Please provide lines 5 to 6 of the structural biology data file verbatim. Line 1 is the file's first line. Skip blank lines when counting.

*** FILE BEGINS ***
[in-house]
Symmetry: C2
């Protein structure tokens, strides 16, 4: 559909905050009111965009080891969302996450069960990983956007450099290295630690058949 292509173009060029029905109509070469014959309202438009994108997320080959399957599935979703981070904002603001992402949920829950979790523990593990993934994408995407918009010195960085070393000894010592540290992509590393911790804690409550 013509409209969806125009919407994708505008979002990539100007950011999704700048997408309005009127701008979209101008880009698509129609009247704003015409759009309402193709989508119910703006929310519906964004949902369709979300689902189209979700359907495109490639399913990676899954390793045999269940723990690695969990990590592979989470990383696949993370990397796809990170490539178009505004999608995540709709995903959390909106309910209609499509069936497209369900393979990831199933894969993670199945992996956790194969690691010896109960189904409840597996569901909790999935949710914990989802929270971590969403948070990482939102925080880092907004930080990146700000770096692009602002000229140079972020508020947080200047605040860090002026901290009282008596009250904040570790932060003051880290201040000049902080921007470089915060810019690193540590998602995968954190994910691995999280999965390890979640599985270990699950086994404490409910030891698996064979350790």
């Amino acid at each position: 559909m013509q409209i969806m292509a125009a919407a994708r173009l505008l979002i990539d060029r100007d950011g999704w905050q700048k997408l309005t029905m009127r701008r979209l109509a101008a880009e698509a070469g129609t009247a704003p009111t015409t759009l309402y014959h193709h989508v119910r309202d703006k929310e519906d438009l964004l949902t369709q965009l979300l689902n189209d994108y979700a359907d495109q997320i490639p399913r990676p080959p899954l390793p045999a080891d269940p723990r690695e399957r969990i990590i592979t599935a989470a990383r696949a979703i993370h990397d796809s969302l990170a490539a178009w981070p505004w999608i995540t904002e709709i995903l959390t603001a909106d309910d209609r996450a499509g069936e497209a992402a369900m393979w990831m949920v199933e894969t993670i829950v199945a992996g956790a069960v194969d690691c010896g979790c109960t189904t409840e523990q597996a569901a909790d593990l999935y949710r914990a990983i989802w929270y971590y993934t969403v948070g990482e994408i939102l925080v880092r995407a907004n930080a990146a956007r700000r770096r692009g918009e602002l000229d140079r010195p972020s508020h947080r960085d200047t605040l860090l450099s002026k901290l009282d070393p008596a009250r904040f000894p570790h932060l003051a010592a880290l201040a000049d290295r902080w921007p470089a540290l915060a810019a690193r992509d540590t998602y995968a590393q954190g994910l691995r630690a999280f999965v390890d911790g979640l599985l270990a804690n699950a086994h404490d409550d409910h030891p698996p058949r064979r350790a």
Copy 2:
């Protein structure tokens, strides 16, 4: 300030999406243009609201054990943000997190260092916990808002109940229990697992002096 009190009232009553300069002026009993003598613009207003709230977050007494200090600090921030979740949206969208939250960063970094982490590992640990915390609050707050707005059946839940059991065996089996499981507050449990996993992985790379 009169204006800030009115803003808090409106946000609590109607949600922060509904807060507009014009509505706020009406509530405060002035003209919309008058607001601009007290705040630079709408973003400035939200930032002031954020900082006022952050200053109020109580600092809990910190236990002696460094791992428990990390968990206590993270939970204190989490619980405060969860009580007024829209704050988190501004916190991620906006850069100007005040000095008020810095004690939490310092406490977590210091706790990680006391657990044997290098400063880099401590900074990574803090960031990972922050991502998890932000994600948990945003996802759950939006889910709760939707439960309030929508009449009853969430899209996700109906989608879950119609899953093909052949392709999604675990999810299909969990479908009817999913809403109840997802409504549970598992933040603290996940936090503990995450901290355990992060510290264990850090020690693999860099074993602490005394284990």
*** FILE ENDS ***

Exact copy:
Copy 2:
């Protein structure tokens, strides 16, 4: 300030999406243009609201054990943000997190260092916990808002109940229990697992002096 009190009232009553300069002026009993003598613009207003709230977050007494200090600090921030979740949206969208939250960063970094982490590992640990915390609050707050707005059946839940059991065996089996499981507050449990996993992985790379 009169204006800030009115803003808090409106946000609590109607949600922060509904807060507009014009509505706020009406509530405060002035003209919309008058607001601009007290705040630079709408973003400035939200930032002031954020900082006022952050200053109020109580600092809990910190236990002696460094791992428990990390968990206590993270939970204190989490619980405060969860009580007024829209704050988190501004916190991620906006850069100007005040000095008020810095004690939490310092406490977590210091706790990680006391657990044997290098400063880099401590900074990574803090960031990972922050991502998890932000994600948990945003996802759950939006889910709760939707439960309030929508009449009853969430899209996700109906989608879950119609899953093909052949392709999604675990999810299909969990479908009817999913809403109840997802409504549970598992933040603290996940936090503990995450901290355990992060510290264990850090020690693999860099074993602490005394284990």